Smart Working is a business-savvy approach to workplace flexibility. It is an integrated and strategic approach to flexible working, bringing together changes in technology and new concepts in workplace design with aspirations for more choice and a more manageable work-life interface.
Flexible working has grown up over the last 20 years for the most part as ‘flexibility by exception’, even where organisations have good policies around allowing people to work flexibly.
That is, there is a default ‘normal’ way of working, and people can ask to have a different working pattern. In many countries such as the UK, this ‘right to request’ is supported by legislation. Employers don’t have to agree to the request, but in principle should have a good business reason for refusing.
Smart Working by contrast aims to reach a position of ‘flexibility as normal’. Work takes place at the most appropriate times and locations for the tasks involved – it’s all about the tasks involved, not about changing the working patterns for a whole role.
So it’s all about management by results rather than by presence, and treating employees like adults within a trust-based working culture.
Smart working requires a rethinking of assumptions
It also involves rethinking assumptions about a whole load of traditional concepts about work – rethinking what the workplace is, rethinking meetings, rethinking what ‘face to face’ means, rethinking traditional processes. This makes it potentially a complex and interdisciplinary field, hence the need for the code of practice.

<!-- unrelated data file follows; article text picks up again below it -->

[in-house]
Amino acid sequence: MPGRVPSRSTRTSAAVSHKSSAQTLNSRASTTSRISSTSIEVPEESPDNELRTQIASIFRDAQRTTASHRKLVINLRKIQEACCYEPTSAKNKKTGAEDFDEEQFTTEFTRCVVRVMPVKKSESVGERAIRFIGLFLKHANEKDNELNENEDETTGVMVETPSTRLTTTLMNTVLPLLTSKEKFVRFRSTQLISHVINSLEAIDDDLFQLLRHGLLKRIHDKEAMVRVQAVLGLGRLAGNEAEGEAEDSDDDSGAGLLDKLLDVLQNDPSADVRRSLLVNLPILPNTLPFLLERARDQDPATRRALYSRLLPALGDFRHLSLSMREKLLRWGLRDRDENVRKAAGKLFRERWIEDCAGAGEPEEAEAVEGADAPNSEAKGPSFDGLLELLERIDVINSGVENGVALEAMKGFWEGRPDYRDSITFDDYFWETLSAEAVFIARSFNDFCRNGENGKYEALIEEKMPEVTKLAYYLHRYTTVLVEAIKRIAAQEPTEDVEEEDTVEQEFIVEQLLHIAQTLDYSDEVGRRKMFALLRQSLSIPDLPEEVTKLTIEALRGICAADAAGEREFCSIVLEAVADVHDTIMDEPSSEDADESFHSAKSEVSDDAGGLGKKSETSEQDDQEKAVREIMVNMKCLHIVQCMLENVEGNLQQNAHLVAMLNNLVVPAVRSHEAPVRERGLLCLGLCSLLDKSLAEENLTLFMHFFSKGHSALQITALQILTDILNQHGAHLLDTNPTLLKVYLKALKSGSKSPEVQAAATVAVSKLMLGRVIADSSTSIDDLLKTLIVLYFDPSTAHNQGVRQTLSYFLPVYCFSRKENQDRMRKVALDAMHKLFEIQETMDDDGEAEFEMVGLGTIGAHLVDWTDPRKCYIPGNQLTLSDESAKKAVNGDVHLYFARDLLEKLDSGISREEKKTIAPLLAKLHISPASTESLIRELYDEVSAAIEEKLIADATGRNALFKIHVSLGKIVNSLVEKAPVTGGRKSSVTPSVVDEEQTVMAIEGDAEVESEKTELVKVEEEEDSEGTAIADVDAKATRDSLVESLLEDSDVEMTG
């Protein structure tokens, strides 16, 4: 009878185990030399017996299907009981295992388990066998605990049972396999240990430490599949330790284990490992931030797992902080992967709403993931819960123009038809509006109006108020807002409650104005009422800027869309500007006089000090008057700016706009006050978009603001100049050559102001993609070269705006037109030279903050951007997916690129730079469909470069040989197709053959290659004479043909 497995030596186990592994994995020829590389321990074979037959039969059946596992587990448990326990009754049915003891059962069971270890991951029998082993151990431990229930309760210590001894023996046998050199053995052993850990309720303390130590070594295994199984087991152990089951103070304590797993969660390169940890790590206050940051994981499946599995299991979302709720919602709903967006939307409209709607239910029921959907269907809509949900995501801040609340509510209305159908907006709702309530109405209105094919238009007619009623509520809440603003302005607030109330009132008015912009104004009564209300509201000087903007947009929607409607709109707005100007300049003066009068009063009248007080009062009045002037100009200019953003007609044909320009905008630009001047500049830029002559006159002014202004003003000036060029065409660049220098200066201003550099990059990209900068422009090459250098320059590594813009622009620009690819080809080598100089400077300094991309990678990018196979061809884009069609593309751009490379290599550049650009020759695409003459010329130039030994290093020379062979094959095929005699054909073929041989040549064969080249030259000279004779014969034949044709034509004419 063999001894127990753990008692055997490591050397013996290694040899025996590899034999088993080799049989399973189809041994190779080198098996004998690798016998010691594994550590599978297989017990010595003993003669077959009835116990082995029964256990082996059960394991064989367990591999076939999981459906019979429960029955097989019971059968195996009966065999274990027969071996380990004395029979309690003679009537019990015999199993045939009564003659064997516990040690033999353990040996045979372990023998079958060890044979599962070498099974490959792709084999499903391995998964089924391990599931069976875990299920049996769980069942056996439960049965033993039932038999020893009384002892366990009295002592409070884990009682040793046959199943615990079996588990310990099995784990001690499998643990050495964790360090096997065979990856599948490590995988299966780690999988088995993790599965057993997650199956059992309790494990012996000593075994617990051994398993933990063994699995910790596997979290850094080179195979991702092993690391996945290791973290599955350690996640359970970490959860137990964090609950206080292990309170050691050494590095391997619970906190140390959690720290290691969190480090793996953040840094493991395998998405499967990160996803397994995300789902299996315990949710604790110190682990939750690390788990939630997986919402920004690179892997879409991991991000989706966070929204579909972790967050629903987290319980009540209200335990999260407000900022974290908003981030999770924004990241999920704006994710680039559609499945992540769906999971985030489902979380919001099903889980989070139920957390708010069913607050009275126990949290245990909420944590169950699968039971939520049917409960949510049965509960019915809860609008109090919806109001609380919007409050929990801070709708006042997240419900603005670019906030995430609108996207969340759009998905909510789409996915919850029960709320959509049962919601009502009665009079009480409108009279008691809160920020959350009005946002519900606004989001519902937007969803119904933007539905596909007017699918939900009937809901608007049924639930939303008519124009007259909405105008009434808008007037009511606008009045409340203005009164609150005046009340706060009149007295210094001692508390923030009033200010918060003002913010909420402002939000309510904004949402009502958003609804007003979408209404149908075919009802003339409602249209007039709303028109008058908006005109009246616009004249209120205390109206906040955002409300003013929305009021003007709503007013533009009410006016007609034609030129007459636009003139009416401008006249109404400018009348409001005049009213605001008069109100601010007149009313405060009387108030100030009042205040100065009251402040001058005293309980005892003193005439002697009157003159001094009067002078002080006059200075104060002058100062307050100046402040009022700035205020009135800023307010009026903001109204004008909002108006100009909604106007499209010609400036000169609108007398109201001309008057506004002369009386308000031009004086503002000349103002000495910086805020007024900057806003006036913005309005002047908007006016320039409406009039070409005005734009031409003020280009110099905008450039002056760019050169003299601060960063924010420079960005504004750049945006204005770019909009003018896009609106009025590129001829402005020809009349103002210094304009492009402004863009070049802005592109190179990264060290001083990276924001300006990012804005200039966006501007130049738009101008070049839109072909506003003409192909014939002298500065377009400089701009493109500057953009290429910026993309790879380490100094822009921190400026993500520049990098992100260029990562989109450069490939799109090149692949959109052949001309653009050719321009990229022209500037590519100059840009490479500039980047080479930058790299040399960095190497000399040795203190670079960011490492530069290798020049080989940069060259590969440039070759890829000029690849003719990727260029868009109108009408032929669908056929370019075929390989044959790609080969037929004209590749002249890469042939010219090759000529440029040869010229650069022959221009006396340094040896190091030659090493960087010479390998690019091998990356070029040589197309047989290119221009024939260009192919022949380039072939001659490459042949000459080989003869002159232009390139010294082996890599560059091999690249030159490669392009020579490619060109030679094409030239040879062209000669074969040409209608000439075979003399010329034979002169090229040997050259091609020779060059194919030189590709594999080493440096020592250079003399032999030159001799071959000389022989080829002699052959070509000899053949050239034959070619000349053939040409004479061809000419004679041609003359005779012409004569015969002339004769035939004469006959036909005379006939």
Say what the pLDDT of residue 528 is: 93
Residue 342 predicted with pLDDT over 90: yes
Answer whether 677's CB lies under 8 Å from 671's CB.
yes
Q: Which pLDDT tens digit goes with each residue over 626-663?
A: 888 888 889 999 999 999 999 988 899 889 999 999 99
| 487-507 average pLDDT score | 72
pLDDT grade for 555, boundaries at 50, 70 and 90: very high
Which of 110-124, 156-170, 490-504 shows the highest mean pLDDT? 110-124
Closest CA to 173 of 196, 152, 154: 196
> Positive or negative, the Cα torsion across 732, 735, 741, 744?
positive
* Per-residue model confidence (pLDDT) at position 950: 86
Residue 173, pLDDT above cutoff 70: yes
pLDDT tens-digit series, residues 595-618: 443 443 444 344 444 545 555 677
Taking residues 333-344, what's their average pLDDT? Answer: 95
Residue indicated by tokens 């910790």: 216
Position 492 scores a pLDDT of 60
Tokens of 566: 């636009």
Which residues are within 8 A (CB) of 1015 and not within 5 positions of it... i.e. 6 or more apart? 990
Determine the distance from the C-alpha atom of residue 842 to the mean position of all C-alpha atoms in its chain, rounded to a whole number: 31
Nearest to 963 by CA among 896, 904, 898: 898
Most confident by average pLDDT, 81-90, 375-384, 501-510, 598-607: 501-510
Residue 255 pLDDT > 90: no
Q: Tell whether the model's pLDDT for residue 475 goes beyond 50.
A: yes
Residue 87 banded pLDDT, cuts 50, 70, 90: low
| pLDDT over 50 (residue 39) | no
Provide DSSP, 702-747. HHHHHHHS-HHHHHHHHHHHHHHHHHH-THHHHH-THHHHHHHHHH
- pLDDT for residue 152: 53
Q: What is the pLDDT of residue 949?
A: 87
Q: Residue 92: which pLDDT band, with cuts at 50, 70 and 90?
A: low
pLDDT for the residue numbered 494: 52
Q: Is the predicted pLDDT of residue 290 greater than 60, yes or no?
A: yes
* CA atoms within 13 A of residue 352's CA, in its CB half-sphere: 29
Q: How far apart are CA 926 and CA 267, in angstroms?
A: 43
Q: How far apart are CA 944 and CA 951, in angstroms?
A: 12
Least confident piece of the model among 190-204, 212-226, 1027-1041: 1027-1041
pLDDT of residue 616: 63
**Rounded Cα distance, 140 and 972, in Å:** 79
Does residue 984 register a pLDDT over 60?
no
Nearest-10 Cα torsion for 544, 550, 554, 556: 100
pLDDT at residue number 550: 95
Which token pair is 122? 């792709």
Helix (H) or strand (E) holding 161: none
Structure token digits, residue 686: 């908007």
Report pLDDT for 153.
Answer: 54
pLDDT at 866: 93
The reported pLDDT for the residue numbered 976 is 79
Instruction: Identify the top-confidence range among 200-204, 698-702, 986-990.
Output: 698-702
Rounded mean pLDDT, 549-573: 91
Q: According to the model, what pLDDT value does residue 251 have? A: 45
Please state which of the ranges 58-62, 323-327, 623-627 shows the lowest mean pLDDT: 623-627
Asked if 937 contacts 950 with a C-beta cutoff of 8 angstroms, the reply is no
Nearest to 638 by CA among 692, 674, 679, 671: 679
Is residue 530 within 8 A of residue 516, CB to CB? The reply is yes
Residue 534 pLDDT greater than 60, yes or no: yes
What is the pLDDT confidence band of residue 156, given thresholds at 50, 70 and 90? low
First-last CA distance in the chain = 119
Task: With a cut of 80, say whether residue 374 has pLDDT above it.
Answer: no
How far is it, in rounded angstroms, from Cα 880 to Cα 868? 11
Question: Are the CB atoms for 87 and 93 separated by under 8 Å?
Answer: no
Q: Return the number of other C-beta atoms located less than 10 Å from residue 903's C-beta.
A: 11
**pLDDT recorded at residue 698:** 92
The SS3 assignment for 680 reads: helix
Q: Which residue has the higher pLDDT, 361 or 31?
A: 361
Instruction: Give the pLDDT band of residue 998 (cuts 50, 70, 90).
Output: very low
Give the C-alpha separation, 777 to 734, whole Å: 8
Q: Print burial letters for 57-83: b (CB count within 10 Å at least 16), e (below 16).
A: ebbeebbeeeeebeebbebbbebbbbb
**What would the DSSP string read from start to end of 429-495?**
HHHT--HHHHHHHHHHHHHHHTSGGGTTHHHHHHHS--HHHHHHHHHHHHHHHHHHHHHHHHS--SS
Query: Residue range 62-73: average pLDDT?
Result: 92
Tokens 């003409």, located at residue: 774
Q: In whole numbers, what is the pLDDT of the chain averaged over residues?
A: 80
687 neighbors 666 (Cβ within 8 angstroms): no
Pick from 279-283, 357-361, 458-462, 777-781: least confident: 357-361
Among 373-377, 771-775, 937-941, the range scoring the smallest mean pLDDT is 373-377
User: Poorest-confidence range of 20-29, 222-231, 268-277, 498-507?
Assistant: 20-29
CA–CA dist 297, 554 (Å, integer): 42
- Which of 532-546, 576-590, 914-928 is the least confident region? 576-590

The initiative for the new guidance comes from the UK government. There has been an urgent need to improve the way government is run and reduce its costs, to deliver much better value for the tax payer and for ‘customers’ of government services.
But government also from the economic development point of view also has a duty to businesses to support best practice. So the UK Cabinet Office commissioned the British Standards Institute and Flexibility.co.uk to develop the Code of Practice.
A Code of Practice for Smart Working has been published by the British Standards Institute, with support from the UK Cabinet Office. It is available from the BSI store .